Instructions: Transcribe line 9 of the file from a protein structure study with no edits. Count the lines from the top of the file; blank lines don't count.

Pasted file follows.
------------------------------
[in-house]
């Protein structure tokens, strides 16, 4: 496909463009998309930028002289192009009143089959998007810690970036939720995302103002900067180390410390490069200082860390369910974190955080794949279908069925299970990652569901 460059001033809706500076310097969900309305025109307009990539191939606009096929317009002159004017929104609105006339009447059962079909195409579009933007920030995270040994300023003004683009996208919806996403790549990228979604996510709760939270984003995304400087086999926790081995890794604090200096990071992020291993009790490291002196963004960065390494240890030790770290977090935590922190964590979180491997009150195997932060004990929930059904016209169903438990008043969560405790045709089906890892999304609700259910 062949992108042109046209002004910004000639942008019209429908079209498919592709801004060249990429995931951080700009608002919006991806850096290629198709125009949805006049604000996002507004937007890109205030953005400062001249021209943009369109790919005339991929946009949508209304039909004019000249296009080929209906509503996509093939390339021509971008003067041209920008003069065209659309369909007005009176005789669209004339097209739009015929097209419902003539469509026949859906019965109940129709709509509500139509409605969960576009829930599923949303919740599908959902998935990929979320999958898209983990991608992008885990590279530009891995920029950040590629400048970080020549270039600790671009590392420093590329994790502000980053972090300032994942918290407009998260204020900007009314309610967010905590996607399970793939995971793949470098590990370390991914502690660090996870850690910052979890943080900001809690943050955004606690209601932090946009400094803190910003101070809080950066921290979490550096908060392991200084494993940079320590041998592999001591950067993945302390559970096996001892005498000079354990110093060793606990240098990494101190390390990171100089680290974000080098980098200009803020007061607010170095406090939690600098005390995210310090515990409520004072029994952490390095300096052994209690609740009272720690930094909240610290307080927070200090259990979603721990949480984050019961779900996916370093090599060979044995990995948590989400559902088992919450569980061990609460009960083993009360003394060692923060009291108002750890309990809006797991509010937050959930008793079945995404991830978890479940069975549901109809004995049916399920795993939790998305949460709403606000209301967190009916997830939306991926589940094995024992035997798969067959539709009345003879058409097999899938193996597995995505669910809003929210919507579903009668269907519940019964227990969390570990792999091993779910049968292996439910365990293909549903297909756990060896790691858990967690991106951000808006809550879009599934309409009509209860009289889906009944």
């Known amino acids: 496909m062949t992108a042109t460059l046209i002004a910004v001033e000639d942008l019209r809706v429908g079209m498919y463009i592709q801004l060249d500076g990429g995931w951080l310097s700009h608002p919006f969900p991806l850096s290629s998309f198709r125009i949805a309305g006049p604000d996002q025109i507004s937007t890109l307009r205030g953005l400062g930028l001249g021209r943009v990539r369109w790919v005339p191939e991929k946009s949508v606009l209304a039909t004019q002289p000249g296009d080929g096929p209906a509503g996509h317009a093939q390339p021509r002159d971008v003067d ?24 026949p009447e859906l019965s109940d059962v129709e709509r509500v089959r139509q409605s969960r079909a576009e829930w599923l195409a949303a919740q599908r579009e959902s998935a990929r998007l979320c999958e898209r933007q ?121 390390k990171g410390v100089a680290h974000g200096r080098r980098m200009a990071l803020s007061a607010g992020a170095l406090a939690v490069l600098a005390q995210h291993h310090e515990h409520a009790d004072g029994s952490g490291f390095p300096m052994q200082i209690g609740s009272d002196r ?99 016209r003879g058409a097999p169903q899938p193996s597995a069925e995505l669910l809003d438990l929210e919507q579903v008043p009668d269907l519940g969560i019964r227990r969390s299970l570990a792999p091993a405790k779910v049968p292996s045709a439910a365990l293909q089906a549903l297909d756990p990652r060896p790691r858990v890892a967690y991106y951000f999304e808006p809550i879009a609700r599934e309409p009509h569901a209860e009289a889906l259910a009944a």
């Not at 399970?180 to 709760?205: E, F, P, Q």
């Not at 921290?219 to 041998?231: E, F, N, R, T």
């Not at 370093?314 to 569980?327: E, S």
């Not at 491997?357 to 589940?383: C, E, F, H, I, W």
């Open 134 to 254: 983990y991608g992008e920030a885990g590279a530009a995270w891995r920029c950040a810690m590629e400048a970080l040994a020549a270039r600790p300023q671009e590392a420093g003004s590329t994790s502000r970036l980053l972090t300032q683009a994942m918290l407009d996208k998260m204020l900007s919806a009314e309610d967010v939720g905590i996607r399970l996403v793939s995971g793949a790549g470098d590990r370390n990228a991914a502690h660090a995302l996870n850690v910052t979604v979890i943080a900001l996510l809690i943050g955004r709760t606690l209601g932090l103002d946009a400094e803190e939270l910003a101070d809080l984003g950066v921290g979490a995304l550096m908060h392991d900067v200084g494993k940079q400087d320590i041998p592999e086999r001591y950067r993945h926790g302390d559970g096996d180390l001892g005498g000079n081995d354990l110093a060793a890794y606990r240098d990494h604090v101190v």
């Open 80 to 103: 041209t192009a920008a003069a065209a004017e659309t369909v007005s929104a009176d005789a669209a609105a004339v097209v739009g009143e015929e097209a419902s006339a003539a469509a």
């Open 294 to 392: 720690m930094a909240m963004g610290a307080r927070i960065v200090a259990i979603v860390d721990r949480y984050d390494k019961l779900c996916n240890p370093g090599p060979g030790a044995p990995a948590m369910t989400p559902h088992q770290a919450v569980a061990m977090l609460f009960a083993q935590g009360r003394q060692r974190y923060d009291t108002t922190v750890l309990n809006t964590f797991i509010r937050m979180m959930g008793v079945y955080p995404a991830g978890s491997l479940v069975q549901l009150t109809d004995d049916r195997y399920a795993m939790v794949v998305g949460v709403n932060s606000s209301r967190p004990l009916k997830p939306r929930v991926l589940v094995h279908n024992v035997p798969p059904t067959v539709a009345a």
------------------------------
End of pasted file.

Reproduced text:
């Open 80 to 103: 041209t192009a920008a003069a065209a004017e659309t369909v007005s929104a009176d005789a669209a609105a004339v097209v739009g009143e015929e097209a419902s006339a003539a469509a």